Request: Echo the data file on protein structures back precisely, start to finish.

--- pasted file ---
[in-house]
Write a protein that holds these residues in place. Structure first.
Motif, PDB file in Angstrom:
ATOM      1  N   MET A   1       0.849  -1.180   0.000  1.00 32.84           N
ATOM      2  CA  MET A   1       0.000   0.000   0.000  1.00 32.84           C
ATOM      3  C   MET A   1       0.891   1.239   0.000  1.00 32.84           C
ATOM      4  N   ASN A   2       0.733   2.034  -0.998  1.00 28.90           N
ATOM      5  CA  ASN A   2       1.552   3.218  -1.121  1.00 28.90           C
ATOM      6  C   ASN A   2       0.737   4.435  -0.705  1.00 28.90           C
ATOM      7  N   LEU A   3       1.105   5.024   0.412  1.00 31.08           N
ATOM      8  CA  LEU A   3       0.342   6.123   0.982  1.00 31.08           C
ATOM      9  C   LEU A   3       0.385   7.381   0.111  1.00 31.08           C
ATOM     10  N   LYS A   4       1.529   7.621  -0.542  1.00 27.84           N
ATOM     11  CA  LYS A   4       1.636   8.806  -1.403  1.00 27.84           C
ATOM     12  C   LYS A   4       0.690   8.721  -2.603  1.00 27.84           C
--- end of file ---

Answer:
[in-house]
Write a protein that holds these residues in place. Structure first.
Motif, PDB file in Angstrom:
ATOM      1  N   MET A   1       0.849  -1.180   0.000  1.00 32.84           N
ATOM      2  CA  MET A   1       0.000   0.000   0.000  1.00 32.84           C
ATOM      3  C   MET A   1       0.891   1.239   0.000  1.00 32.84           C
ATOM      4  N   ASN A   2       0.733   2.034  -0.998  1.00 28.90           N
ATOM      5  CA  ASN A   2       1.552   3.218  -1.121  1.00 28.90           C
ATOM      6  C   ASN A   2       0.737   4.435  -0.705  1.00 28.90           C
ATOM      7  N   LEU A   3       1.105   5.024   0.412  1.00 31.08           N
ATOM      8  CA  LEU A   3       0.342   6.123   0.982  1.00 31.08           C
ATOM      9  C   LEU A   3       0.385   7.381   0.111  1.00 31.08           C
ATOM     10  N   LYS A   4       1.529   7.621  -0.542  1.00 27.84           N
ATOM     11  CA  LYS A   4       1.636   8.806  -1.403  1.00 27.84           C
ATOM     12  C   LYS A   4       0.690   8.721  -2.603  1.00 27.84           C